Material optimization

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Shader fallbacks

(This section is only relevant if you are creating new materials. Skip it?)

It goes without saying that not all PCs are equal. Your map will need to run on a wide range of specifications, and the best way of achieving acceptable performance at the low-end without sacrificing fidelity at the high-end is with shader fallbacks.

The good news is that Valve's stock materials are already set up with fallbacks, where appropriate, and in most cases you won't need to do any work in this area at all. The even better news is that if you do need to create a fallback, all of the hard work of benchmarking different hardware has already been done by Valve and all you need do is choose between a handful of coarse DirectX levels.


Shader fallbacks are parameters of the material like any other, and should go inside the material's original pair of curly braces ({ and }).

Conditional statements

(New with Source 2007)

	<Sub-DX9 parameters>

The parameters within a conditional block are only applied if its opening statement is true. Accepted operators are:

  • > (above the value)
  • >= (above or equal to the value)
  • < (below the value)
  • <= (below or equal to the value)

Accepted values include:

  • dx90
  • dx90_20b (dxlevel 95)
  • To do: Presumably more?

Conditional statements based on graphics settings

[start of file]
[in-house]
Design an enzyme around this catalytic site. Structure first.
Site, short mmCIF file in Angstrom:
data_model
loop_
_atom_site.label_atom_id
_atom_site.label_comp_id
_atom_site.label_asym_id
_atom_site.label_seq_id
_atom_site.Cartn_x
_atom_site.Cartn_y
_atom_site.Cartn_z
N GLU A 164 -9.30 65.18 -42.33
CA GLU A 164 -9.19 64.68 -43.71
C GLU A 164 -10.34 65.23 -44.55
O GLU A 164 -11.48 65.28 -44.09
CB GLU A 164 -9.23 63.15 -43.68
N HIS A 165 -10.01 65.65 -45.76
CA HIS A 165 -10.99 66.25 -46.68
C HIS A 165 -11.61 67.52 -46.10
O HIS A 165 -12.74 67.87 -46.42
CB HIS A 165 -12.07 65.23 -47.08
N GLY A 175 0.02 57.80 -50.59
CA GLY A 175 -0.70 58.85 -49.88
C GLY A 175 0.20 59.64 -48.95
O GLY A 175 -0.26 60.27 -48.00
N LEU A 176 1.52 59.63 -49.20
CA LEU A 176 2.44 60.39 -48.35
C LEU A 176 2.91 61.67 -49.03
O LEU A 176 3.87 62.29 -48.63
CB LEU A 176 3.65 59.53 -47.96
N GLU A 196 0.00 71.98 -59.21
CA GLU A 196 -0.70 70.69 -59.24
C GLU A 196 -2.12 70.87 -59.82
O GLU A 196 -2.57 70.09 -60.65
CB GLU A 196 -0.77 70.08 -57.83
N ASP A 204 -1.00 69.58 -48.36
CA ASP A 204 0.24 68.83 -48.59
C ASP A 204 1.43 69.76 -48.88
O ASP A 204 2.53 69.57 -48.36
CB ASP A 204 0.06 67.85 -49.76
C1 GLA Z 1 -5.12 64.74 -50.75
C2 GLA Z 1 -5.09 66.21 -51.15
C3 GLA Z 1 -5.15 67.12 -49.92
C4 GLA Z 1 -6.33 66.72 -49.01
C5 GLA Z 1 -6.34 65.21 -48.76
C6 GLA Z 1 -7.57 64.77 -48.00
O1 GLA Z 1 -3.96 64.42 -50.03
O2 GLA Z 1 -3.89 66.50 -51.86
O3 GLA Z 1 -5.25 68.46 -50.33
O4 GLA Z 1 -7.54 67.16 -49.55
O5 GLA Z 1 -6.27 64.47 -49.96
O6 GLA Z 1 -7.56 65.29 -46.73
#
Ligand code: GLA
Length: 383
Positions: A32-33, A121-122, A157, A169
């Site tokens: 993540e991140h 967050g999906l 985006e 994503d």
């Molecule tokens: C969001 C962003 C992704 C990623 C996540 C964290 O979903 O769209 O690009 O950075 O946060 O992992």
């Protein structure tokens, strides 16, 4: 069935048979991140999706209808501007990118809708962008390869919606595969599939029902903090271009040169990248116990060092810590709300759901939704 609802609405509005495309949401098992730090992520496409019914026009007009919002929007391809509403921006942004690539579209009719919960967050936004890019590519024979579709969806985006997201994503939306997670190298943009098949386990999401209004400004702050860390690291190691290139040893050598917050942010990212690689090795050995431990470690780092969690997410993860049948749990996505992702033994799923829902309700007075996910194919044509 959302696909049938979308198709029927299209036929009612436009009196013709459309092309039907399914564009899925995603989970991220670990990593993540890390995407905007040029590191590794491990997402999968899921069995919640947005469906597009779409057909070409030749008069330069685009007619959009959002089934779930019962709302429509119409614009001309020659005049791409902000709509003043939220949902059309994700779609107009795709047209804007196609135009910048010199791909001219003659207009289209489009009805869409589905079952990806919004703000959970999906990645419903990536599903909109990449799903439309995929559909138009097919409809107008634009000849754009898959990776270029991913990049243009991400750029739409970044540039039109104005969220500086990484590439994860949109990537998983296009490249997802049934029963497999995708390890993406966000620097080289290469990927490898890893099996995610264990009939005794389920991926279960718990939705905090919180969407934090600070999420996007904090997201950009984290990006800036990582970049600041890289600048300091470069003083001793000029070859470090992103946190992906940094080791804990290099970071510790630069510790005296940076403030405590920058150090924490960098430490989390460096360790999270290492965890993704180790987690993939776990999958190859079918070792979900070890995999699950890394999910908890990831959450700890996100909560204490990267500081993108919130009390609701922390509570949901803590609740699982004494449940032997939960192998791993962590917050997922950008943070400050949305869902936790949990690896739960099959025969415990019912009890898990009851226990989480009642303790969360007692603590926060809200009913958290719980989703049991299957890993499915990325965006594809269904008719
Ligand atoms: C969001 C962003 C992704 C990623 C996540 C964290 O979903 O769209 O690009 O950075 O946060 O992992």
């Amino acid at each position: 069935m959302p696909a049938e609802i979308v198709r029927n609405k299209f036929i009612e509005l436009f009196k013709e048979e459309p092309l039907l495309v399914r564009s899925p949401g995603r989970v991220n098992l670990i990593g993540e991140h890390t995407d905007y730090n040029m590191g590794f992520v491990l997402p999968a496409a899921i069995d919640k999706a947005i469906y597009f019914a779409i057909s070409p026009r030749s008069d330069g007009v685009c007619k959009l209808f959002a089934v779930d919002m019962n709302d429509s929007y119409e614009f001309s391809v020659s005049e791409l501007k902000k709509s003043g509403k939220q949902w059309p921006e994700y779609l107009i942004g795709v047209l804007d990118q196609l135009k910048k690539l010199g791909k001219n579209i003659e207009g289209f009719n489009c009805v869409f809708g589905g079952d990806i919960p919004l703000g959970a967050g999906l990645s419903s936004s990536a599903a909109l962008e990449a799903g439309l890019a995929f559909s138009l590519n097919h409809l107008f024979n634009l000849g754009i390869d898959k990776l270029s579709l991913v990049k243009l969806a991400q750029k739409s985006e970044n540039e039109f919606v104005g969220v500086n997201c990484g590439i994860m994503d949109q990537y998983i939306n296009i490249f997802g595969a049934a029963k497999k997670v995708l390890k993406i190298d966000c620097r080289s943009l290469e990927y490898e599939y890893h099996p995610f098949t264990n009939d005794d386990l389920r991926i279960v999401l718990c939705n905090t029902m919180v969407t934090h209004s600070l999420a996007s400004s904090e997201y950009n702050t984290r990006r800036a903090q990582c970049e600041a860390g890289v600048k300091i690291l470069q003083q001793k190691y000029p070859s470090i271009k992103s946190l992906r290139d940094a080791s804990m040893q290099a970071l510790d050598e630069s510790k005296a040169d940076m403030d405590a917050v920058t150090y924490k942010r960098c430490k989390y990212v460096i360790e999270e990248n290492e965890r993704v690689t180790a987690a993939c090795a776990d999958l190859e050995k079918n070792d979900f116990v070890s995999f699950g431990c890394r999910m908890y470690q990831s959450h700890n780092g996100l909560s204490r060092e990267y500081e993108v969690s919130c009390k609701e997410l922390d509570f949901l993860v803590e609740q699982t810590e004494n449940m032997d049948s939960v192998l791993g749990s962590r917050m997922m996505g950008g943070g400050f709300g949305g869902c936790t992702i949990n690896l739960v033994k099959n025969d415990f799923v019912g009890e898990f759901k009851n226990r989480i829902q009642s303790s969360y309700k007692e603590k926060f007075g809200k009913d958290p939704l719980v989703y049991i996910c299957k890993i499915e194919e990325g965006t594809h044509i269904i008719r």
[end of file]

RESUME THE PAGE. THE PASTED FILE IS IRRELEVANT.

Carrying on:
(New with Left 4 Dead)

To do: Does this work with other engine branches, and can the other graphics settings be used?

Conditional statements can also be based directly on the users current Shader Detail (GPU) setting, with values of 0 to 3.

// Sets the value when Shader Detail is Medium or Low.
GPU<2?$color "[100.0 0.0 0.0]"
GPU>=2  // Sets the values in the block if Shader Detail is High or Very High.
	$envmap	env_cubemap
	$color "[0.0 0.0 100.0]"

Accepted operators:

  • >= (above or equal to the value)
  • < (below the value)

Fallback shaders

	<DX9 with HDR parameters>

While a 'top-level' shader is called in the first line of a material, the actual job of rendering is passed down by the engine to a specific 'family member'. You can pass commands that only apply to a single child shader by providing its name. There is a full list of fallback shaders here.


The following material, created before conditionals were added to the engine, is actually a bad example. It is not future-proof: systems running HDR_DX9 and eventually DX10 will not see normal mapping because it is only defined for DX9 and DX8 mode.

To avoid this issue in your own materials, target high-end computers in the main body of the material and use fallbacks only to remove/replace/tweak features for the benefit of older machines.

You can clear a value out by typing "" (two quotes, nothing between).

	$basetexture metal/metalwall078a
	$surfaceprop metal

	$envmap	env_cubemap
	$envmaptint "[.56 .56 .75]"
	$envmapcontrast 1
	$envmapsaturation 1

		$bumpmap metal/metalwall078a_normal
		$normalmapalphaenvmapmask 1
		$envmaptint "[.09 .1 .12]"

		$bumpmap metal/metalwall078a_normal
		$nodiffusebumplighting 1
		$normalmapalphaenvmapmask 1

		$basetexture metal/citadel_metalwall078a
		$basealphaenvmapmask 1


Using mat_fillrate to investigate overdraw. Problem areas end up bright red.